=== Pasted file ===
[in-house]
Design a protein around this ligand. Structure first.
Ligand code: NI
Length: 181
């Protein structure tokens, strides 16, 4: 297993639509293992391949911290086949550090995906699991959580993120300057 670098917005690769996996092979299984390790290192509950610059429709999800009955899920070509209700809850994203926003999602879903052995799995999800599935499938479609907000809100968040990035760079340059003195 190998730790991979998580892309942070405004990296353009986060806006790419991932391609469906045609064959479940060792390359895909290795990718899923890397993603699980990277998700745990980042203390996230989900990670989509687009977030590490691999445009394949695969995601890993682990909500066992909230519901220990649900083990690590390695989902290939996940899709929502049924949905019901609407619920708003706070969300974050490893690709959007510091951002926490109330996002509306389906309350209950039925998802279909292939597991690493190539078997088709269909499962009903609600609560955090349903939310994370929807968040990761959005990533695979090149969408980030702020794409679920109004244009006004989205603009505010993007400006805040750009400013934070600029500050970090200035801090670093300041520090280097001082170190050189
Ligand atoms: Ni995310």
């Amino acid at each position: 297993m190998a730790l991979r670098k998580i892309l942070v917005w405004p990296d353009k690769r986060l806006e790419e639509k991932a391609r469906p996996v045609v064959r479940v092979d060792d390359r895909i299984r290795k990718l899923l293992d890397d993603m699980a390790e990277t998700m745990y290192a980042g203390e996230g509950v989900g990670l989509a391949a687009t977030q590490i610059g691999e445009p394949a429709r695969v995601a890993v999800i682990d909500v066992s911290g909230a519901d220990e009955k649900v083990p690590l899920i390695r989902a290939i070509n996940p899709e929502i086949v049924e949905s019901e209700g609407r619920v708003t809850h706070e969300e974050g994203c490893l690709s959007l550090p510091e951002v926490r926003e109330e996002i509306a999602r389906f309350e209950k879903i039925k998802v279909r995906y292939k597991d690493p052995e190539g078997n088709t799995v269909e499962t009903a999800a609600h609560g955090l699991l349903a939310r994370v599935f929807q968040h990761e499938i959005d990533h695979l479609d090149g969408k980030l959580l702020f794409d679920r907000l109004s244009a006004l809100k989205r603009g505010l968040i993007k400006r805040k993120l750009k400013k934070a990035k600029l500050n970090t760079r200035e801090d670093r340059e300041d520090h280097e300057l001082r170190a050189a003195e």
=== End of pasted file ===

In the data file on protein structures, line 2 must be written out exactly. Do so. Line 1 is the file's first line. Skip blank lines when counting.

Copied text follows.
Design a protein around this ligand. Structure first.